By Sandy Sachs. August 4, 2010.
In 1909, the orange blossom was officially designated the State flower of Florida. The trees on which the flowers grow were first planted in Florida by Spanish explorers in the mid-1500s. Of course, the trees also yield fruit, and by the 19th century there was thriving orange industry in the Sunshine state.
At present, the United States is the second largest orange producer on the planet. The orange is also the second largest fruit crop in the States, after the tomato. Like most fruits, the orange has many distinct varieties. In this article we will discuss one of the most popular types, the navel orange.
Because the bloom end strongly resembles a human belly button, navel oranges are easy to spot. But their looks became a secondary concern when people actually tasted them. Like other popular varieties of fruit, the navel orange was grown because it tasted different. The navel is said to be sweeter and juicer than other oranges. It was also seedless, which was quite rare at the time. Where did it come from?
Of the over six hundred distinct orange varieties, the overwhelming majority of them are hybrids. This means that farmers and scientists combine the genetics of two or more oranges to create a new variety. It is a popular and reliable way to design palatable fruit. But sometimes Mother Nature does a much better job than any scientist could do. This was the case with the navel orange which is nothing more than a genetic mutation.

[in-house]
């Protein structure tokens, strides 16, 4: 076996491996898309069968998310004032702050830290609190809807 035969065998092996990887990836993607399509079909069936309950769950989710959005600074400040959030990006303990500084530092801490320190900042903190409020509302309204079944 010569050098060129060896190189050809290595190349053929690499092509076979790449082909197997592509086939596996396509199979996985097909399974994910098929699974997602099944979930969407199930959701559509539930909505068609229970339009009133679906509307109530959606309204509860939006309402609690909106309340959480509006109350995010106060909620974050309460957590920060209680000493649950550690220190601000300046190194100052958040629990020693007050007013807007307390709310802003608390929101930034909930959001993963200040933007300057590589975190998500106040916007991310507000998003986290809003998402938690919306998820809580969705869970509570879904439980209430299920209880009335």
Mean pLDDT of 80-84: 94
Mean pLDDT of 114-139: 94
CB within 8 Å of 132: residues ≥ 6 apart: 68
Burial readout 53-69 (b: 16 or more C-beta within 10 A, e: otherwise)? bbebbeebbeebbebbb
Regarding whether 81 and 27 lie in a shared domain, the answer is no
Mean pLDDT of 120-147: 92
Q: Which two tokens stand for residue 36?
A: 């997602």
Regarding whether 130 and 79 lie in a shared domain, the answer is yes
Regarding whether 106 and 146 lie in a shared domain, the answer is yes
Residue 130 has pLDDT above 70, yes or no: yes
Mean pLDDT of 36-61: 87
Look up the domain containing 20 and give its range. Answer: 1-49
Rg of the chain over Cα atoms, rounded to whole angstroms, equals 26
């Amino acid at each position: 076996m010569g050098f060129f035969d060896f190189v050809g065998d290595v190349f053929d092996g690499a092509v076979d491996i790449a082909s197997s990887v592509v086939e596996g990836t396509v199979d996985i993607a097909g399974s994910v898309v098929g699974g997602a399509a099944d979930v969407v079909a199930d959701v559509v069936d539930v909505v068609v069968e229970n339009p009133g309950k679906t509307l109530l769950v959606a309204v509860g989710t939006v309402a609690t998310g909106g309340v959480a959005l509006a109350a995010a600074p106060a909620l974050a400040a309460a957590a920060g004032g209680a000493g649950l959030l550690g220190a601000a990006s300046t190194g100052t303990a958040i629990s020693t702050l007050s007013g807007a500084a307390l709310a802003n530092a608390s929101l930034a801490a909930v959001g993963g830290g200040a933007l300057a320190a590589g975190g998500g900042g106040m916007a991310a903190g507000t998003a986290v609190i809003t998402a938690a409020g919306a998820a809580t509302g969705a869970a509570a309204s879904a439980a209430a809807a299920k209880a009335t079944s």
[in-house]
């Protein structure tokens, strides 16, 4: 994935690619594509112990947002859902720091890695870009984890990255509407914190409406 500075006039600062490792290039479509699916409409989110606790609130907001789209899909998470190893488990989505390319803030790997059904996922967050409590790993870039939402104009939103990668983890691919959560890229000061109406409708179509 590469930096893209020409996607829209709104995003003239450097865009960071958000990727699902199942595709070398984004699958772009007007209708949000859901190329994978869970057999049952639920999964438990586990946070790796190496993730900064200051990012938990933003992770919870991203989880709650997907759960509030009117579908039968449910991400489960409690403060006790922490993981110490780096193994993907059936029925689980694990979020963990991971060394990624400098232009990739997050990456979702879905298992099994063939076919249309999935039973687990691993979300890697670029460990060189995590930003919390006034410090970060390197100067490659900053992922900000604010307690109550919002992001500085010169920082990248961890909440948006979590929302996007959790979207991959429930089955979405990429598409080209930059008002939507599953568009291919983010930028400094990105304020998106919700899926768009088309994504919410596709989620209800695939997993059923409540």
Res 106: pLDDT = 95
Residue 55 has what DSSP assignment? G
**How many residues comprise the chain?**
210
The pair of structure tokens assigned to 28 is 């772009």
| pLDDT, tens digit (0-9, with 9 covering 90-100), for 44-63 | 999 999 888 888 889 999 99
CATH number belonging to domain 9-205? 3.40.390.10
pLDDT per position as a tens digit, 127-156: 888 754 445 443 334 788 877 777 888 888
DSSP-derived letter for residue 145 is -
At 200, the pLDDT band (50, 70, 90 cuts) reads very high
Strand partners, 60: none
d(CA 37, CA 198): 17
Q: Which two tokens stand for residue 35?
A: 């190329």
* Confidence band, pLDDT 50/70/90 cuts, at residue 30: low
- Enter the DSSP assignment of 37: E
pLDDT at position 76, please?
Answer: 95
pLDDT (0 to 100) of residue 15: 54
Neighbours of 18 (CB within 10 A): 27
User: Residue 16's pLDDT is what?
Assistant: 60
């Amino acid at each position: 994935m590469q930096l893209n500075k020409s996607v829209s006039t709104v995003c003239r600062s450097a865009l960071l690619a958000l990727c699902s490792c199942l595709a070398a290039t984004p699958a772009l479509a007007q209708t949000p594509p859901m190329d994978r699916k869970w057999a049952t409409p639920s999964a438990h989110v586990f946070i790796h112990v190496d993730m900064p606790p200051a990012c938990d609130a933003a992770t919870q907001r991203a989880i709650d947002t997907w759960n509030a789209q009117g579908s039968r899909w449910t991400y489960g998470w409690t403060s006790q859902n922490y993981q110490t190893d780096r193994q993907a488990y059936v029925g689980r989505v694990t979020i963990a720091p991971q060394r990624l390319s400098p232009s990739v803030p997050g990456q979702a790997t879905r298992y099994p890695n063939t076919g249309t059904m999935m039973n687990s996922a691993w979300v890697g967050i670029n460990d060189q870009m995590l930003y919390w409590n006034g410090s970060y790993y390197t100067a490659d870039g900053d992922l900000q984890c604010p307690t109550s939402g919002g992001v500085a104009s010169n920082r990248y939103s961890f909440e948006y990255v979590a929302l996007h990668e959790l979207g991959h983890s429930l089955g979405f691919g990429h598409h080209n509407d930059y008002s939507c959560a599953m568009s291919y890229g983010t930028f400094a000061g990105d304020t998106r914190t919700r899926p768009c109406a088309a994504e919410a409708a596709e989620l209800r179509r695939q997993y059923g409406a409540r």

Now, most fruit mutations are failures and are simply discarded. But because everyone agreed that it was something special, they decided to grow it. There was only one problem—the navel orange is a seedless fruit, i.e., it is sterile. Therefore, the only way to successfully cultivate a crop of navel oranges is to graft budding branches onto other citrus trees.
The process was a complicated at first, but once farmers got the hang of it, they were able to grow navel oranges quickly and affordably. The new fruit became one of the most popular varieties of oranges in the world. Farmers and botanists continued to investigate the origin of the fruit without success. In the meantime, large navel orange crops were cultivated in each of the citrus-producing states: Florida, California, Texas and Arizona.
The navel became the nation’s number one fresh orange crop. There are several reasons for this. The first and most obvious is that they are sweeter and tastier than other oranges. Another is that navel orange trees are easy and affordable to grow using the grafting method. On average, a grafted tree will begin to bear fruit after only five years, while a tree that is grown from seed can take fifteen years to produce oranges.